Nitric oxide gas is important in regulating blood vessel dilation, and consequently, blood flow. This gas is continuously produced by endothelial cells, which line the blood vessels. This study will examine whether nitrite, a molecule that normally circulates in the blood stream, can also dilate blood vessels. The results of this study may be valuable in developing treatments for people with conditions associated with impaired endothelial production of nitric oxide, including high blood pressure, high blood cholesterol, diabetes, estrogen deficiency, and others.
Healthy, non-smoking normal volunteers 21 years of age or older may be eligible for this study. People who lack the enzyme G6PD or cytochrome B5 in their red blood cells may not participate. Absence of these enzymes can lead to episodes of sudden shortness of breath and cyanosis (blueness of the skin due to lack of sufficient oxygen). Participants will undergo the procedures described in study Parts A and B, as follows:
- Part A - After numbing the skin, small tubes are placed in the artery and vein at the inside of the elbow of the dominant arm (right- or left-handed) and a small tube is placed in a vein of the other arm. The tubes are used for infusing saline (salt water) and for drawing blood samples. A pressure cuff is placed around the upper part of the dominant arm, and a rubber band device called a strain gauge is also placed around the arm to measure blood flow. When the cuff is inflated, blood flows into the arm, stretching the strain gauge at a rate proportional to the flow. Grip-strength of the dominant arm is measured with a dynamometer to determine maximum grip-strength. Then, several measurements of blood flow, nitrite, hemoglobin, and handgrip are made before and after administration of L-NMMA, a drug that blocks endothelial production of nitric oxide.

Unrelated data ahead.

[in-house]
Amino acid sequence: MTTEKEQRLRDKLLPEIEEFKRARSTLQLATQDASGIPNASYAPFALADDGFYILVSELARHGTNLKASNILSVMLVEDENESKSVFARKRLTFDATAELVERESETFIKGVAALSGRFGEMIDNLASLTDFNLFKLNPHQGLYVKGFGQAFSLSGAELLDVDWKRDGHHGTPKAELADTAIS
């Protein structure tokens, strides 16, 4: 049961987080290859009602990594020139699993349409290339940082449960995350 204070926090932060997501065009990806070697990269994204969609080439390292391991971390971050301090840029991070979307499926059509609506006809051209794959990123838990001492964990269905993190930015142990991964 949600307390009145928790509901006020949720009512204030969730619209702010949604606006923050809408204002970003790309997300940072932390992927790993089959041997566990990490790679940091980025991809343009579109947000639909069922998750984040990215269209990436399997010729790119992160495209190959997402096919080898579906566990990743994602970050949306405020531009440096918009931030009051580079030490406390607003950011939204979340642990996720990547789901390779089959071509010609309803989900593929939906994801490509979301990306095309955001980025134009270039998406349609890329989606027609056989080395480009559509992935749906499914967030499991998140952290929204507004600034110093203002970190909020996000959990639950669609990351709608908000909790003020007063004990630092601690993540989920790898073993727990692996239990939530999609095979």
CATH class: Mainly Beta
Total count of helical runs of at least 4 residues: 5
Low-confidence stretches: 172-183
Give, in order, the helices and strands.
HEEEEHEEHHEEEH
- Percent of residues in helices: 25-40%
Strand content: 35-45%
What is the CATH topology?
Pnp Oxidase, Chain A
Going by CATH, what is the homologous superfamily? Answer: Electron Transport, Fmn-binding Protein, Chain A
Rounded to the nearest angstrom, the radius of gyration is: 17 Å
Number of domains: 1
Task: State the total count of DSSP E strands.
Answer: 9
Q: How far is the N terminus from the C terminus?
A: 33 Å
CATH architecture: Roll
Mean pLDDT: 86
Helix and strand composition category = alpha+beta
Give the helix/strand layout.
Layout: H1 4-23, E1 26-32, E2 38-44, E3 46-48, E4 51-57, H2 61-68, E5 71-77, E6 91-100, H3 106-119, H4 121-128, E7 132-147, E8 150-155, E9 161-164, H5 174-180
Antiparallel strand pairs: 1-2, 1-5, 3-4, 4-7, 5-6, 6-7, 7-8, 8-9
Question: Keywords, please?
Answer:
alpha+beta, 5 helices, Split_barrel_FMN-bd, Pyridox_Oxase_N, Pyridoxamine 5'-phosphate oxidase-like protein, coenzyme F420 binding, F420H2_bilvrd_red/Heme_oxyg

- Part B - Part A testing is repeated, except that sodium nitrite dissolved in a saline solution is infused into the artery of the forearm for a few minutes before and during the hand-grip exercises. In addition, blood samples are drawn before and after each handgrip exercise to measure methemoglobin, a substance that, at excessive levels, can cause adverse side effects.
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Nitric oxide (NO) is a soluble gas continuously synthesized by the endothelium and contributes importantly to vasodilator tone of the coronary and systemic circulations by activating guanylyl cyclase in vascular smooth muscle, causing relaxation. Although regional synthesis of NO by the endothelium contributes to local vasodilator tone, we have shown previously that NO may be transported in blood, and have biological effects at a distance from the site of entry into the circulation. Thus, we found that NO may be transported bound to heme iron in red blood cells and released at vascular sites of deficient NO synthesis, restoring vasodilator tone. Another potential source of bioactive NO is via nitrite, formed by the auto-oxidation of NO. This study is designed to determine the contribution of nitrite transported in blood to forearm microvascular dilator tone in healthy subjects at rest and during regional hypoxia associated with forearm exercise stress, with measurements made before and after regional blockade of endothelial NO synthesis. Findings in this study may be relevant to understanding the physiological contribution and therapeutic potential of nitrite in the regulation of vasodilator tone in diseases and conditions associated with regional endothelial dysfunction and reduced endothelial NO bioactivity (e.g., hypertension, diabetes mellitus, hypercholesterolemia, cigarette smoking, estrogen deficiency).